Furthermore, the competitive landscape of mobile advertising is far more level than it’s ever been. Today, all ad tech players — not just those outside of the walled gardens (Facebook, Google) — have less information about users than before. This has created space for smaller, niche players with specialized historical ML models and agile algorithms to compete with the tech giants.
For this reason, marketing platforms that have seen the most success following the deprecation of the IDFA are those that continue to invest in improving their models’ performance by adding more predictive signals. The ability to produce new signals that can be used to train models to improve their predictive accuracy continuously will drive more effective bidding, enabling lower CPIs and higher user quality, and ultimately increase ROAS for their advertisers.
How to set up your mobile advertising strategy for success
Now that the rules of the mobile advertising game have changed, so too have the methods of winning it. What are the strategies for successful mobile advertising in today’s privacy-enabled ad tech landscape?
Re-evaluate incrementality and experiment with your media budget
As noted above, the economics of mobile advertising have shifted since iOS 14.5. That means it’s smart to re-evaluate the tangible impact of your spending, and experiment with your media budget. Be open to testing new channels and specialized partners. Work closely with your mobile measurement partner (MMP) to maximize available attribution data, and understand the incrementality of each partner’s campaign performance, which will help enable future campaign success.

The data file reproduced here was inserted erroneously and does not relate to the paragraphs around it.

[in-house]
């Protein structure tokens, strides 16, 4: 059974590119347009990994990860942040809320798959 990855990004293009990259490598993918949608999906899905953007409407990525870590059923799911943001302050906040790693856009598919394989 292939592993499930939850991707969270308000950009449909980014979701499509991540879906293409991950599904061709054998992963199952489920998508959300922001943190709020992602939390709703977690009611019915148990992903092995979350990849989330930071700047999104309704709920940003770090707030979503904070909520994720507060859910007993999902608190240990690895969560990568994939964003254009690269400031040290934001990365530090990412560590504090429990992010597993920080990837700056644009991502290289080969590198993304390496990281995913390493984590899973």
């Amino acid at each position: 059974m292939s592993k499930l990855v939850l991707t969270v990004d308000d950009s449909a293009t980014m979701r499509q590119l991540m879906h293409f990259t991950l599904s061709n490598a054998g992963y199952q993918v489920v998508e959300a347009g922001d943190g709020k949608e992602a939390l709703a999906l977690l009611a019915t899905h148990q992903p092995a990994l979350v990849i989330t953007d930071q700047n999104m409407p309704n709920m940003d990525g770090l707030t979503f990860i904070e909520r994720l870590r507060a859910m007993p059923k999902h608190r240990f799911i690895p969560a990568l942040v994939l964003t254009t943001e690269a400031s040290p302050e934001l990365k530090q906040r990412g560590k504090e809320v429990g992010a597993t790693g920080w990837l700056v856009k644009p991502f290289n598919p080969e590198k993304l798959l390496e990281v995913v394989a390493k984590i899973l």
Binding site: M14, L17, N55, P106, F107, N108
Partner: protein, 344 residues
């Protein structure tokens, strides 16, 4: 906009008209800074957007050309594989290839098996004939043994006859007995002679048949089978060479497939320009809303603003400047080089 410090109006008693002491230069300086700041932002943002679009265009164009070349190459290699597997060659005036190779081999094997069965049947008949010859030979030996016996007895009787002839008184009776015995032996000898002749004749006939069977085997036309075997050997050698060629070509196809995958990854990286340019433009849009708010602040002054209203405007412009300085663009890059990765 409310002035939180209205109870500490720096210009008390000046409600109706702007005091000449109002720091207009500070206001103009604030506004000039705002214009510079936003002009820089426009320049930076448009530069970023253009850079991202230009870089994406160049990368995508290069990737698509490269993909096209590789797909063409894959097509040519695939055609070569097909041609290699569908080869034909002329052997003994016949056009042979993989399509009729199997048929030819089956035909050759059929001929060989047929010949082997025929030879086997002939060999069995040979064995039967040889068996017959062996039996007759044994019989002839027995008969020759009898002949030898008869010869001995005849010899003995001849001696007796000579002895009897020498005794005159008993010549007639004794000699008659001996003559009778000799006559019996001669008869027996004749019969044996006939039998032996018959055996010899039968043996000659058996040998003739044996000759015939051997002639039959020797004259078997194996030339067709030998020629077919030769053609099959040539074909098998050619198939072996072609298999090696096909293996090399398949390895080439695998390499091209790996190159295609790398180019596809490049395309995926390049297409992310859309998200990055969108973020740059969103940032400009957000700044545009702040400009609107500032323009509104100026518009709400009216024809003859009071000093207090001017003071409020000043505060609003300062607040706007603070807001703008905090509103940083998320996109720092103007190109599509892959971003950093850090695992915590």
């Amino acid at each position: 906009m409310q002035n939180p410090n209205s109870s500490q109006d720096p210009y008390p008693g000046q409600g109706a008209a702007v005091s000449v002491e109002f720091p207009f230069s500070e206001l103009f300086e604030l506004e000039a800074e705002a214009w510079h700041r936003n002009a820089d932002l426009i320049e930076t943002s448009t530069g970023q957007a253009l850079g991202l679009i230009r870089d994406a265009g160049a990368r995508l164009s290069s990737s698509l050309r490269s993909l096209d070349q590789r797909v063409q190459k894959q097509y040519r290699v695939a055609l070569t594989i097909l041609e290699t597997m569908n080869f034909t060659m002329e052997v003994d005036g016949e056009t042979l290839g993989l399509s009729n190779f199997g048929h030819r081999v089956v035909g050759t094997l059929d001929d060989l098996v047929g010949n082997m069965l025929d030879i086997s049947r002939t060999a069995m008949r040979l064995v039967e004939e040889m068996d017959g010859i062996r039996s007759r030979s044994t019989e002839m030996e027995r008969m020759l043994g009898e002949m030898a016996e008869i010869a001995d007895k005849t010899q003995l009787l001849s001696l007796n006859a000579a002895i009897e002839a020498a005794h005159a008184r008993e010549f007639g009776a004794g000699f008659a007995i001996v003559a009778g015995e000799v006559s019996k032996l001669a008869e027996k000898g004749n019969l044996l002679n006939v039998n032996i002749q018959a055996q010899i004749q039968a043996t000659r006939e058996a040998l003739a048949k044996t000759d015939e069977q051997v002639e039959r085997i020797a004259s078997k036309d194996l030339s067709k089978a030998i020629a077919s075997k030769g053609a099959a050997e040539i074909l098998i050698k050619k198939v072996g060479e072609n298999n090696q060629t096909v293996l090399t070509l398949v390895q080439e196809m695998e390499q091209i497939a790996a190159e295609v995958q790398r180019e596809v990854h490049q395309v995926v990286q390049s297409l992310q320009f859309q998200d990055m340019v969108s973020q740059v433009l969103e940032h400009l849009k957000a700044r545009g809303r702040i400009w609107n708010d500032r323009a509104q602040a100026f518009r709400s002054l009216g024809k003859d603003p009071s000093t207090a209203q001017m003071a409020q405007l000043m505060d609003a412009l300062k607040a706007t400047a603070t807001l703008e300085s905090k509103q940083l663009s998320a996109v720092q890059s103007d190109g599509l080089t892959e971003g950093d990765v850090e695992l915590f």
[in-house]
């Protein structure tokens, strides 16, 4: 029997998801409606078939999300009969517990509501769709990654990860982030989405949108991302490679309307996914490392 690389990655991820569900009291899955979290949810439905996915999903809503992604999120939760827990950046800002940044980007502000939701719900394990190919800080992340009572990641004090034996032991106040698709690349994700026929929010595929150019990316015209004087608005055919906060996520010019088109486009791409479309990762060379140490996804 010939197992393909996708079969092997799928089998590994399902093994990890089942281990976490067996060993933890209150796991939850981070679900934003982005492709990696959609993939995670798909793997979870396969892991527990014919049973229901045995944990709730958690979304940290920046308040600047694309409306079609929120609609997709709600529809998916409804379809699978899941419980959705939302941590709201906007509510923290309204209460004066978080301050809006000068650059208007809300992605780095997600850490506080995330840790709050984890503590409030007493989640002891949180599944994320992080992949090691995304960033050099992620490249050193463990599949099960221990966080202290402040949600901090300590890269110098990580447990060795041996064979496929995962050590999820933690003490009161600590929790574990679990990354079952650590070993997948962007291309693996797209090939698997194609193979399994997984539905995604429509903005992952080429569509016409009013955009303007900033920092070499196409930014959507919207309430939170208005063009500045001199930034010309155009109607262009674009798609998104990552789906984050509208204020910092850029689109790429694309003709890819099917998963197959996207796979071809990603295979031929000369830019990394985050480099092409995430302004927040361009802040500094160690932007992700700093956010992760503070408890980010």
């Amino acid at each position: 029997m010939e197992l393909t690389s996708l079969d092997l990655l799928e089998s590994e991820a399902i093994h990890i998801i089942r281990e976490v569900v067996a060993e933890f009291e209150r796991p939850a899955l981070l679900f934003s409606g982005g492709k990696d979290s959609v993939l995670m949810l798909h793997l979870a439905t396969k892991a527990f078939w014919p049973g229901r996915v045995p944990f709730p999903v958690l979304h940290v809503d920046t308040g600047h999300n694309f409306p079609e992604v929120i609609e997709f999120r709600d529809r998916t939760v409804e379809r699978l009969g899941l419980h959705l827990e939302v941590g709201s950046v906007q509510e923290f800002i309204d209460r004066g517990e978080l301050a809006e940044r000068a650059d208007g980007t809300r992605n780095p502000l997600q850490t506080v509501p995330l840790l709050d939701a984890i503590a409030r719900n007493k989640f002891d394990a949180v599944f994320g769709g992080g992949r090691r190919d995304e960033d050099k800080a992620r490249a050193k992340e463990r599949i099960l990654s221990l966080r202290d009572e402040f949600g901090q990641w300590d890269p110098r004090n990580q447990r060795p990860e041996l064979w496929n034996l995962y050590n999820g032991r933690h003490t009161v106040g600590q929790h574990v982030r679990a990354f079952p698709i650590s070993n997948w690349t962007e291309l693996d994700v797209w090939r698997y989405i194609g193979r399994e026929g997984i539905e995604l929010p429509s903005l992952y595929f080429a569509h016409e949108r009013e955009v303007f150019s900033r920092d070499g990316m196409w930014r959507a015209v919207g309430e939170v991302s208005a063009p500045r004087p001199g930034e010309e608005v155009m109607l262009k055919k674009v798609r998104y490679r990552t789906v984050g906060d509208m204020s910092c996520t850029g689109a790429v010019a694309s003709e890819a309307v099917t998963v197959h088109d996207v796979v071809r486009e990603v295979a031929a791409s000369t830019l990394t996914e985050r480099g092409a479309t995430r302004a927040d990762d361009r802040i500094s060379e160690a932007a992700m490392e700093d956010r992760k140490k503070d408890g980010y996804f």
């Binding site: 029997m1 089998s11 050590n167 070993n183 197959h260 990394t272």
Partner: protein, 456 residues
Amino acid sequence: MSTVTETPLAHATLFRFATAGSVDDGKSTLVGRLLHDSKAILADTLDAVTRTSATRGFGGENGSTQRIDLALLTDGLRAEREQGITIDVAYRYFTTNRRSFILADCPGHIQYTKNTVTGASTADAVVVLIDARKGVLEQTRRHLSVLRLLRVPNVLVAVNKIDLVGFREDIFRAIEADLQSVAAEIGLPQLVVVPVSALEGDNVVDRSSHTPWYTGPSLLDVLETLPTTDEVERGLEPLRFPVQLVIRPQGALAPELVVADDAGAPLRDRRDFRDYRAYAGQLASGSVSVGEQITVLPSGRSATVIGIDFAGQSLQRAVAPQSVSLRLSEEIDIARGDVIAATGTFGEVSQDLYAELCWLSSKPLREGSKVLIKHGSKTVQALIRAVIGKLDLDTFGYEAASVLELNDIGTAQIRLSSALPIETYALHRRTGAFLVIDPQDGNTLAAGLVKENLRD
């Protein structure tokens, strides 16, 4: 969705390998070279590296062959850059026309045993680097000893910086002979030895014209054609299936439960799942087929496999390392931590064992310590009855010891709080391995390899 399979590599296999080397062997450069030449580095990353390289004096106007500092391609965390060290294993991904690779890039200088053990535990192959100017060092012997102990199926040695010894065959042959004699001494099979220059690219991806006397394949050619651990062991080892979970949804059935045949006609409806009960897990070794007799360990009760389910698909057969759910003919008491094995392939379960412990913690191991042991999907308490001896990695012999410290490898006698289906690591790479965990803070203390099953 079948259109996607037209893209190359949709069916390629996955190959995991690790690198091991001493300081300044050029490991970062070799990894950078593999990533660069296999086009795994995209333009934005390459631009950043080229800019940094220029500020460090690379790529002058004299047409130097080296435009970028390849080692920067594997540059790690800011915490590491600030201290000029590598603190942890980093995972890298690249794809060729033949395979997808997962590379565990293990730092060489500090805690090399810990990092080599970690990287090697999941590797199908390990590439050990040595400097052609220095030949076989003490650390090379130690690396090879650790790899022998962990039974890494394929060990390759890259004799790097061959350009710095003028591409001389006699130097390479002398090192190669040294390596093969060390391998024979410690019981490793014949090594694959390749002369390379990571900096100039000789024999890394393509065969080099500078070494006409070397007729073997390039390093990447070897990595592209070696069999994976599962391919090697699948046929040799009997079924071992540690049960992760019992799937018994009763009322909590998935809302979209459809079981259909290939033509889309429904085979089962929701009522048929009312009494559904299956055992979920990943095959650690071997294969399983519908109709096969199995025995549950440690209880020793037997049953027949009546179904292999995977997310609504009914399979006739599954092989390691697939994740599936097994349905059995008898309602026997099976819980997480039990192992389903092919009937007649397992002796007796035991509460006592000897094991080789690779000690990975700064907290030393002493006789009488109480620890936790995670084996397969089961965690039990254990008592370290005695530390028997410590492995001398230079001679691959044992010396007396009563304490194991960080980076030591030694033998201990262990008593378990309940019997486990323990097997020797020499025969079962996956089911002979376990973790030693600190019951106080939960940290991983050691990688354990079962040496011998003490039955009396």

Be open to working with independent ad tech companies
Today, the playing field is more level, allowing smaller, niche tech providers to secure stronger results than were previously possible. For advertisers, there’s an opportunity to partner with independent ad tech companies that can offer custom solutions to fit their needs rather than the “one-size-fits-all” approach of the walled gardens.
Demand more from your growth partners
Finally, advertisers need to be demanding of their partners, overseeing how they work and making sure advertisers get the information they want, not just the performance. With Apple’s — and soon Google’s — ongoing privacy changes, strong performance today does not guarantee strong performance 18 months from now.
It is critical advertisers ask themselves: Am I working with the right partners? Are they transparent and passing data I can use to scale future campaigns? Do their process and expertise instill trust? If the answers to those questions are not in the affirmative, it might be time to reconsider your current marketing mix.
Despite increased privacy, the future of mobile advertising is bright
The mobile games industry is projected to see exponential growth into 2029. The advertisers who make the most of this boom will be those whose partners can efficiently test the contextual signals they receive from ad exchanges and use them to iterate their predictive modeling. In our current age of increasing user privacy, the methods of successful mobile advertising might have changed, but the ability to succeed has not. Ad tech has always been full of trailblazers who thrive in moments of uncertainty, and this moment will be no different.
Levi Matkins is CEO of LifeStreet.